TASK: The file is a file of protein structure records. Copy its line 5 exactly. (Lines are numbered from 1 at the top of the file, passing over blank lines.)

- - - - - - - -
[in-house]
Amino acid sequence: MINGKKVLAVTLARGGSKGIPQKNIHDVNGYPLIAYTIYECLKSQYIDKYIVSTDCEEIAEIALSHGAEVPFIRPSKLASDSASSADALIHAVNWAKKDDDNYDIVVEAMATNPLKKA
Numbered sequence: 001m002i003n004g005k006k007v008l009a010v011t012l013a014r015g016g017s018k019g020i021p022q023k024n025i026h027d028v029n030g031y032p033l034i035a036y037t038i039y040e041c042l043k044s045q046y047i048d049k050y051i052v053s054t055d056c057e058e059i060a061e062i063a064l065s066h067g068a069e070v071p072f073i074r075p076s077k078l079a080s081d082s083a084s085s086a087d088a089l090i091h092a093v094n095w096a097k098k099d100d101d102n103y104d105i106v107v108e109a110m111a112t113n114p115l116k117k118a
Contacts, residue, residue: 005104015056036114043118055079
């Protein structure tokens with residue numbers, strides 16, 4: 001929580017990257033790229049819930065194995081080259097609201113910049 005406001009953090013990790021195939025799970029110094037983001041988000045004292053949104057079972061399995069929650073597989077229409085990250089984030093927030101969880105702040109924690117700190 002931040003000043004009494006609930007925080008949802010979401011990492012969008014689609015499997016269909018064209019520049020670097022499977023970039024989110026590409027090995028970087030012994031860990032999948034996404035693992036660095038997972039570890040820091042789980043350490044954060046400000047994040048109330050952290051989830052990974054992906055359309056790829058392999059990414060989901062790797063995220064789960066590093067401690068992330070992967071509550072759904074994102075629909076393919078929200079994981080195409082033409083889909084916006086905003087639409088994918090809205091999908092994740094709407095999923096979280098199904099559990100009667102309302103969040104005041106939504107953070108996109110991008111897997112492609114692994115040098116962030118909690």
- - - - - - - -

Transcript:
């Protein structure tokens with residue numbers, strides 16, 4: 001929580017990257033790229049819930065194995081080259097609201113910049 005406001009953090013990790021195939025799970029110094037983001041988000045004292053949104057079972061399995069929650073597989077229409085990250089984030093927030101969880105702040109924690117700190 002931040003000043004009494006609930007925080008949802010979401011990492012969008014689609015499997016269909018064209019520049020670097022499977023970039024989110026590409027090995028970087030012994031860990032999948034996404035693992036660095038997972039570890040820091042789980043350490044954060046400000047994040048109330050952290051989830052990974054992906055359309056790829058392999059990414060989901062790797063995220064789960066590093067401690068992330070992967071509550072759904074994102075629909076393919078929200079994981080195409082033409083889909084916006086905003087639409088994918090809205091999908092994740094709407095999923096979280098199904099559990100009667102309302103969040104005041106939504107953070108996109110991008111897997112492609114692994115040098116962030118909690």